Authors:R. Kundu, K. Bhattacharyya, A. Majumder, and S. Pal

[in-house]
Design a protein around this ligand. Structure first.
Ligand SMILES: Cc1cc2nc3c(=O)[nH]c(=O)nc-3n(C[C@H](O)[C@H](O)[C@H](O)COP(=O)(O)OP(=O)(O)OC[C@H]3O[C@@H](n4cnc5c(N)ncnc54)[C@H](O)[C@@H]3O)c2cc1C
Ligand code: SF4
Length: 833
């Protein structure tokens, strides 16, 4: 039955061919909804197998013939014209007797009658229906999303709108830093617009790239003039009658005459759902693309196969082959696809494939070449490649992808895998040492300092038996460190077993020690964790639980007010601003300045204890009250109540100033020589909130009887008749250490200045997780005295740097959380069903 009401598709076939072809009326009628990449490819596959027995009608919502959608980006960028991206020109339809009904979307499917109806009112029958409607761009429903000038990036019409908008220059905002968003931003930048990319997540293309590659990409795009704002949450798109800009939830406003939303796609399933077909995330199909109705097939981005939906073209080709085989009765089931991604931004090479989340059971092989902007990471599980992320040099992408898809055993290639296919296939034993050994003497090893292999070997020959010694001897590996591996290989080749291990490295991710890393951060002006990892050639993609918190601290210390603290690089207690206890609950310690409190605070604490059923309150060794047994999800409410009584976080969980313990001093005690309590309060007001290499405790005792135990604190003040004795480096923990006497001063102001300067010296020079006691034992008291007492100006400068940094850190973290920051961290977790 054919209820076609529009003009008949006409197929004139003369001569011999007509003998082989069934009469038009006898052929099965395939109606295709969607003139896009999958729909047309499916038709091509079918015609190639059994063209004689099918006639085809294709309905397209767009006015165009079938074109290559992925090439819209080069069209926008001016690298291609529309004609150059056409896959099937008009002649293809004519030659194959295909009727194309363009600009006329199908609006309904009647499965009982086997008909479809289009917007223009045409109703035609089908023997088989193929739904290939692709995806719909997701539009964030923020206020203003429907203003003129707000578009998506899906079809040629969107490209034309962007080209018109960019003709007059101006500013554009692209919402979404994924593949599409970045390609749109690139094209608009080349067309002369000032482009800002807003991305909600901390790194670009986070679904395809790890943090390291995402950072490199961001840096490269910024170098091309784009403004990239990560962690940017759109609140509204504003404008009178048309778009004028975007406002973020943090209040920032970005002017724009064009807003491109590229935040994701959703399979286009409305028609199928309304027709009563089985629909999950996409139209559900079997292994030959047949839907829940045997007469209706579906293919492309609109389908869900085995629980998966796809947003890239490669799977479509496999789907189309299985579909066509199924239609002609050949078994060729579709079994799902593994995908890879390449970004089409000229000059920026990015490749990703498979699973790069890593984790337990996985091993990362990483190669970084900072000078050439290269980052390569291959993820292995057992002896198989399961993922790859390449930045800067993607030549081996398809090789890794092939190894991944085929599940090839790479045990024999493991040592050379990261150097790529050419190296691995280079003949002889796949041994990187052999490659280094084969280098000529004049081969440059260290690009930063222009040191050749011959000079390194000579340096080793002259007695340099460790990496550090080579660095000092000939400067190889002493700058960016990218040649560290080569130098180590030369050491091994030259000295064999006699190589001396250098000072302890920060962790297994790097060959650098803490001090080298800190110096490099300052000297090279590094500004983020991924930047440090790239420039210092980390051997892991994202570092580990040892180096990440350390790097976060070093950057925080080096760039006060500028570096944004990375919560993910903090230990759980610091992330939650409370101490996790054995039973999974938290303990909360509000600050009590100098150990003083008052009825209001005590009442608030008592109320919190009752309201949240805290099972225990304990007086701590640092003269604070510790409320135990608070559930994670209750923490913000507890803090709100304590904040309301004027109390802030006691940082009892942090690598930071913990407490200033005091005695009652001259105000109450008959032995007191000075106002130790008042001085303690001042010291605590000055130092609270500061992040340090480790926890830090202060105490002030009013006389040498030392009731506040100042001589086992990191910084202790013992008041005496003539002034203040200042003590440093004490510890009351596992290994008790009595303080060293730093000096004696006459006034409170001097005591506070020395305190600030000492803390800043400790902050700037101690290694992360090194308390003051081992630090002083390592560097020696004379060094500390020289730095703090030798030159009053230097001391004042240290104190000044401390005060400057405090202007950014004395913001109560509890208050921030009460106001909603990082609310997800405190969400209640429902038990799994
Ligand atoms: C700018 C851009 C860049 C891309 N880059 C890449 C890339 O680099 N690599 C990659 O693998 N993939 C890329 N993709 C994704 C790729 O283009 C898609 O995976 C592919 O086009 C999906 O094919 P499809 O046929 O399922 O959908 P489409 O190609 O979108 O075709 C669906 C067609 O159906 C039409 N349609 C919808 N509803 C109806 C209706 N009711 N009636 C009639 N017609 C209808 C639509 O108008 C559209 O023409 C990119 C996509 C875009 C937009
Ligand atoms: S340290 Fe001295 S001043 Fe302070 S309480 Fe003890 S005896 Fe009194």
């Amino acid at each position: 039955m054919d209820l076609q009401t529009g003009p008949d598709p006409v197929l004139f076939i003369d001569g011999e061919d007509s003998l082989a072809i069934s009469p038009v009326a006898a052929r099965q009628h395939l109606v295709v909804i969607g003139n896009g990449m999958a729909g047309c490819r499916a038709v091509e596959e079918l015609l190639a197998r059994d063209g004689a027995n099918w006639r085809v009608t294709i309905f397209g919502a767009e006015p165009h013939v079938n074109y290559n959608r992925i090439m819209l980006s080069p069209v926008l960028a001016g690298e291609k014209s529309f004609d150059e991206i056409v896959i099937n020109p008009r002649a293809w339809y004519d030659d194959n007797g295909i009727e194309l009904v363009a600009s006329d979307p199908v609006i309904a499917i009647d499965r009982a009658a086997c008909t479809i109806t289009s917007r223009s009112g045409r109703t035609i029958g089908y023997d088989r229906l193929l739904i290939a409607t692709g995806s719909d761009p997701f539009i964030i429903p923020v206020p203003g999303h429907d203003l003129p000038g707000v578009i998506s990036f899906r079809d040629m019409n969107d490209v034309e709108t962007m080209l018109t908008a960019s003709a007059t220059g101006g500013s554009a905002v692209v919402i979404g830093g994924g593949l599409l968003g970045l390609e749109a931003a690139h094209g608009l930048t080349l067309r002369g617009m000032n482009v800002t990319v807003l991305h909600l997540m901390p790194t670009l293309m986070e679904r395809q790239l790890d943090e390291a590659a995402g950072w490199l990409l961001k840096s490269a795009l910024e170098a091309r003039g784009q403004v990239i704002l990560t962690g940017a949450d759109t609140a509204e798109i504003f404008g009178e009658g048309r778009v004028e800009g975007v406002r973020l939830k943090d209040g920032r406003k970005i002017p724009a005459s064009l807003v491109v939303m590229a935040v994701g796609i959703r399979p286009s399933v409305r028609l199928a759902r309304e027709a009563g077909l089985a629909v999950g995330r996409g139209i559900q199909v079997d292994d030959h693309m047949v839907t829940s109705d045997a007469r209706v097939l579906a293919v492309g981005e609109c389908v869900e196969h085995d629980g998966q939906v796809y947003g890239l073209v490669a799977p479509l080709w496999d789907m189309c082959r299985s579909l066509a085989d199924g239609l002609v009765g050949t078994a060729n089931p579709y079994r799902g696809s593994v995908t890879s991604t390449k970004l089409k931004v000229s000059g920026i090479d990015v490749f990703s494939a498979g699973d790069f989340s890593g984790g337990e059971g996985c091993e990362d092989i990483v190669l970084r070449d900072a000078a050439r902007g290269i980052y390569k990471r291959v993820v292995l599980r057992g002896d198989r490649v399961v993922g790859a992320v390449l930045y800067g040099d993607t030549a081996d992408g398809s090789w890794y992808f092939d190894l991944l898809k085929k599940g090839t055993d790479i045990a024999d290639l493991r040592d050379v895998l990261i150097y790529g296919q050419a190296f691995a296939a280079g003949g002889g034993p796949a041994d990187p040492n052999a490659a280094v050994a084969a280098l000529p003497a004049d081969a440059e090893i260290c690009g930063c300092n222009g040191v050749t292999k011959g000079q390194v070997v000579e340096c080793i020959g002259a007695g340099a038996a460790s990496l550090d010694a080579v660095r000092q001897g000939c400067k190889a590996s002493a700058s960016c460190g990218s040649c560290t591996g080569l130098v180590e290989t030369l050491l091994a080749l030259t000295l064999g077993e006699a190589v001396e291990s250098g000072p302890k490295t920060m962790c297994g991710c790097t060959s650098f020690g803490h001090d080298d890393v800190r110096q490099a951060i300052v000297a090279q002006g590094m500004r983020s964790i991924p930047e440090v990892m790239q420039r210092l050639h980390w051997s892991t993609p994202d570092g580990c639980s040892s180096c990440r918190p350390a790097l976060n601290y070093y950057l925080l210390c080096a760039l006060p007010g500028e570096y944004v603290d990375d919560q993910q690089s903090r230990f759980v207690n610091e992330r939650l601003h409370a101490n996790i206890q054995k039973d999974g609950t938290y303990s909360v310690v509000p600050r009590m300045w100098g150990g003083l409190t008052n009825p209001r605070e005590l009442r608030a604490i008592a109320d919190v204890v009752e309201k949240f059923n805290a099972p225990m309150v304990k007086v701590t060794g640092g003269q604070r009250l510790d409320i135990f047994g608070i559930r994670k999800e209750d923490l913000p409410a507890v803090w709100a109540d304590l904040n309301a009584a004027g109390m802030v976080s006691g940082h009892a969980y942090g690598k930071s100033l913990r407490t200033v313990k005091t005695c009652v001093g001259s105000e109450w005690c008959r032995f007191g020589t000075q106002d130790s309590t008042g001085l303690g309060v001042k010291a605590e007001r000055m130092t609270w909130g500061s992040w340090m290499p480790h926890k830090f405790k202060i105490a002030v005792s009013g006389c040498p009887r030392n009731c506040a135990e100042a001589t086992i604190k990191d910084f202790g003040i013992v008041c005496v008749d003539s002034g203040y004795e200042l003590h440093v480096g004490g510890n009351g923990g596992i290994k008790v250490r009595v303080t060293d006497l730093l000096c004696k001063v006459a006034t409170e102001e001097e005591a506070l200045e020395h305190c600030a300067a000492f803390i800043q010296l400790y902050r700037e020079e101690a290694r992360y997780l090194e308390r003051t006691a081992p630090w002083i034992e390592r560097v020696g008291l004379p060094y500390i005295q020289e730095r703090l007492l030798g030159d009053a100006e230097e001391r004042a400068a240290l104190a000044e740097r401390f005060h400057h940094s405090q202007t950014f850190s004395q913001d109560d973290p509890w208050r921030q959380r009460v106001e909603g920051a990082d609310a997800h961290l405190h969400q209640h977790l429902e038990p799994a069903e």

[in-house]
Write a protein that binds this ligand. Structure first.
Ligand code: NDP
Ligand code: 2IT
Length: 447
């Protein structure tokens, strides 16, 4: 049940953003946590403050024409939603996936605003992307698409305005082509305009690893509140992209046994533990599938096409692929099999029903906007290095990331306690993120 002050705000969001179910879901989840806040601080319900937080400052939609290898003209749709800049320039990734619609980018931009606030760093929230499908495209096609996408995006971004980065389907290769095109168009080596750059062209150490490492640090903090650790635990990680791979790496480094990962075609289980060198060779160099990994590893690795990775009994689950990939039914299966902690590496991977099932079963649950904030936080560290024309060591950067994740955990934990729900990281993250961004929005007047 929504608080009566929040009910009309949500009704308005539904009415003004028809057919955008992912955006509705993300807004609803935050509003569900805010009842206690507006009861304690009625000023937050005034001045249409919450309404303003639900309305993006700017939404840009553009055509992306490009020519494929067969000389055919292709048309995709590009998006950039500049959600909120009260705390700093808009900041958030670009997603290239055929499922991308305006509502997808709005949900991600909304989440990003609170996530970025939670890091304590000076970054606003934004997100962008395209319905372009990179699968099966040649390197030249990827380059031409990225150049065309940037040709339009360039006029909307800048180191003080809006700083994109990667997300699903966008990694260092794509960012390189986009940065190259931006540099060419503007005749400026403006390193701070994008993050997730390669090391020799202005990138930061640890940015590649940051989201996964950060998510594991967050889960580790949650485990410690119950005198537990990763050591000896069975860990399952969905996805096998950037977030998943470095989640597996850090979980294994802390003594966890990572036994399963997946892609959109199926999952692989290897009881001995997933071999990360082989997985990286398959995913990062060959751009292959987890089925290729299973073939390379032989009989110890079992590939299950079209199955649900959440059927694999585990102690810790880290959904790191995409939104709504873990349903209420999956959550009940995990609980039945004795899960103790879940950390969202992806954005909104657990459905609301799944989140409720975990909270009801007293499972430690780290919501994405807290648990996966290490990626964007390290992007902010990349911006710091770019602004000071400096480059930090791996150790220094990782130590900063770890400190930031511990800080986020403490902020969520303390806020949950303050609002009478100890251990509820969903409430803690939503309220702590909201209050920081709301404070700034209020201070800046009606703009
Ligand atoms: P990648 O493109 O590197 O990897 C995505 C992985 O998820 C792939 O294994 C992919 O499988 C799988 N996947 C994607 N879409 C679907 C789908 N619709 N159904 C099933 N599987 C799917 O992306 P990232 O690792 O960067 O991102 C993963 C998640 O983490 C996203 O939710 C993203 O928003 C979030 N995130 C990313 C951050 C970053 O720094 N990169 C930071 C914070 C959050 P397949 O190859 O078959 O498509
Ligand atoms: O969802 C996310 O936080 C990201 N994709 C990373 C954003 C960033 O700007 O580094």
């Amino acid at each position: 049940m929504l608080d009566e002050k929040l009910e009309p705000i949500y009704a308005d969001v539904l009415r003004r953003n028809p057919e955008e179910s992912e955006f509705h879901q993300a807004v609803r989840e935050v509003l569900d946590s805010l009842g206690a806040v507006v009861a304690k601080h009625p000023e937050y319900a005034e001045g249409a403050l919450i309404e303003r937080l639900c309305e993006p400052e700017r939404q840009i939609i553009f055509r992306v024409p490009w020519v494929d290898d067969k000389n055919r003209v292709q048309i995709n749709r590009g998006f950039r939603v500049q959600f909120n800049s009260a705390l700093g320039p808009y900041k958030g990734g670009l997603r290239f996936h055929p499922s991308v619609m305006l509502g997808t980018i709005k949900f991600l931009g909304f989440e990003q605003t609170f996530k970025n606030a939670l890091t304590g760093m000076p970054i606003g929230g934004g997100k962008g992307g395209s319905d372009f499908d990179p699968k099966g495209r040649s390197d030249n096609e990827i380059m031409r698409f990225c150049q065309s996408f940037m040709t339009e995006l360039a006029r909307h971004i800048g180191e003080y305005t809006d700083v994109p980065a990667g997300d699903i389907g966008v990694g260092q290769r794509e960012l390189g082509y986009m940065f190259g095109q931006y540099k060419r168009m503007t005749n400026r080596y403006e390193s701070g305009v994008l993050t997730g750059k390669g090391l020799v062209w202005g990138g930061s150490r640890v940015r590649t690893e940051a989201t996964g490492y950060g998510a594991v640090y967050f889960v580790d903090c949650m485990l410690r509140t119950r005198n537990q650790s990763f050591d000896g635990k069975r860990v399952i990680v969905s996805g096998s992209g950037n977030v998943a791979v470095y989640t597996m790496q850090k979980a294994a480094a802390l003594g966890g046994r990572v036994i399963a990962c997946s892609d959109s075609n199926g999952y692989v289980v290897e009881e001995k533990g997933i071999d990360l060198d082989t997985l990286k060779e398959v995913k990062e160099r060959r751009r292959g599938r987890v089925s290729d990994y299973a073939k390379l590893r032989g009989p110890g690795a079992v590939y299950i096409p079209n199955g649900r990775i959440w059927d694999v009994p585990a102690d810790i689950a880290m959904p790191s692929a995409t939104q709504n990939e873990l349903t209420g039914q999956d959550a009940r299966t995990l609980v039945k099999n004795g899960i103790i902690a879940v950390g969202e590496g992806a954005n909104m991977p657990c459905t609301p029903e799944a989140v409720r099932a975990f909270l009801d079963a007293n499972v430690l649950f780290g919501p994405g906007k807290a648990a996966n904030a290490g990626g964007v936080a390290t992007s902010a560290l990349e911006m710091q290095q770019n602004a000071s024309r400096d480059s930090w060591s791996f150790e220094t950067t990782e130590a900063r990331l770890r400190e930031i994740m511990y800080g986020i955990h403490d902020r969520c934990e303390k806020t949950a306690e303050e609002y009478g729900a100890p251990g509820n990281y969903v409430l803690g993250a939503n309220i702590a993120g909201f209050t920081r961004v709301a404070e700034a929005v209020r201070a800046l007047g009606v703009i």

Arsenic, the toxic metalloid, widely available in the natural ecosystem, poses serious problem through contaminated groundwater and drinking water. The emerging areas of arsenic hazards in agricultural systems through use of contaminated irrigation water and entry of toxin in crops has been largely overlooked. Arsenic accumulation by plants and its translocation to edible parts were observed to vary within crops and also across the cultivars. Wheat is an alternative choice of summer rice, due to low water requirement. With this background, the current experiment was conducted with four popular wheat cultivars to study the arsenic accumulation and varietal tolerance under different soils and groundwater. The arsenic content was determined by using atomic absorption spectrophotometer (AAS). Result revealed that, wheat cultivars differed in their grain arsenic concentration (0.23–1.22 mg kg−1), which differed across the sites and year of experiment. The arsenic translocation in wheat grains usually least, and accumulation by different tissues followed the order root > stem > leaf > grain across the cultivars. The cultivar UP-262 was found to accumulate least arsenic in grains and cultivar Kalyansona the highest under same growing condition, due to phyto-extraction or phyto-morphological potential of the varieties.